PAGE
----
Much has been made of Bush serving up Thanksgiving dinner to the troops in Baghdad, as though it was a calculated pose devised by his PR people. More likely it is the real Bush in action.
I was having dinner at Morton’s on Connecticut Avenue in Washington in early October, 2001–less than a month after 9/11–when Bush showed up with a small entourage to have his first dinner out since 9/11. (I took it as a good sign that he came to Morton’s, where one is assured of a large cut of red meat.)
The entire restaurant immediately rose to its feet and applauded, of course, and Bush waved in every direction. But instead of working the tables to shake hands with the self-appointed VIPs who habituate Morton’s, Bush went to . . . the kitchen, where he shook hands and greeted the wait staff and cooks at length. The man has a genuine common touch.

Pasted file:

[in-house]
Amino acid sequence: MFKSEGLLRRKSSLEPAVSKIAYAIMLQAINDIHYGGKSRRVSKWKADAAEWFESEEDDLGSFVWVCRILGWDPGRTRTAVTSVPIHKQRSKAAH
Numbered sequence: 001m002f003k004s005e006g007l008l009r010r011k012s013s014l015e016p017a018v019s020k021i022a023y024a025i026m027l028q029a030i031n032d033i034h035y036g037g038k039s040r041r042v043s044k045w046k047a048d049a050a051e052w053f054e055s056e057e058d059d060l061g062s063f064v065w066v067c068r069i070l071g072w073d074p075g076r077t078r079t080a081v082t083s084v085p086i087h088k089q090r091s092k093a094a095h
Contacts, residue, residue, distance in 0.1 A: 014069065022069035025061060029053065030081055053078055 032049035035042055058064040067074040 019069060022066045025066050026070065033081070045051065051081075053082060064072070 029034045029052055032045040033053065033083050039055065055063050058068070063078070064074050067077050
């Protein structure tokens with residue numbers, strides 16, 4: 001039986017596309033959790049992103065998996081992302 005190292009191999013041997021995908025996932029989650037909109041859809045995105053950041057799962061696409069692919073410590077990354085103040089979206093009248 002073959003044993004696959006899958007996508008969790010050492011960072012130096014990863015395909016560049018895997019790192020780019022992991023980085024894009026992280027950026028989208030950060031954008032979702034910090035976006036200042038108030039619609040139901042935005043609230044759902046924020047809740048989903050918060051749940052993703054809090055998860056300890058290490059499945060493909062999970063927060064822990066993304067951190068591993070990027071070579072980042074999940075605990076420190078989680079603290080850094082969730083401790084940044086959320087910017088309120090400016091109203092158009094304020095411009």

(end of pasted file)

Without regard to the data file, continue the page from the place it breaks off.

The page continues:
The contrast with what Clinton would have done (assuming he would even go to Morton’s) could not have been greater.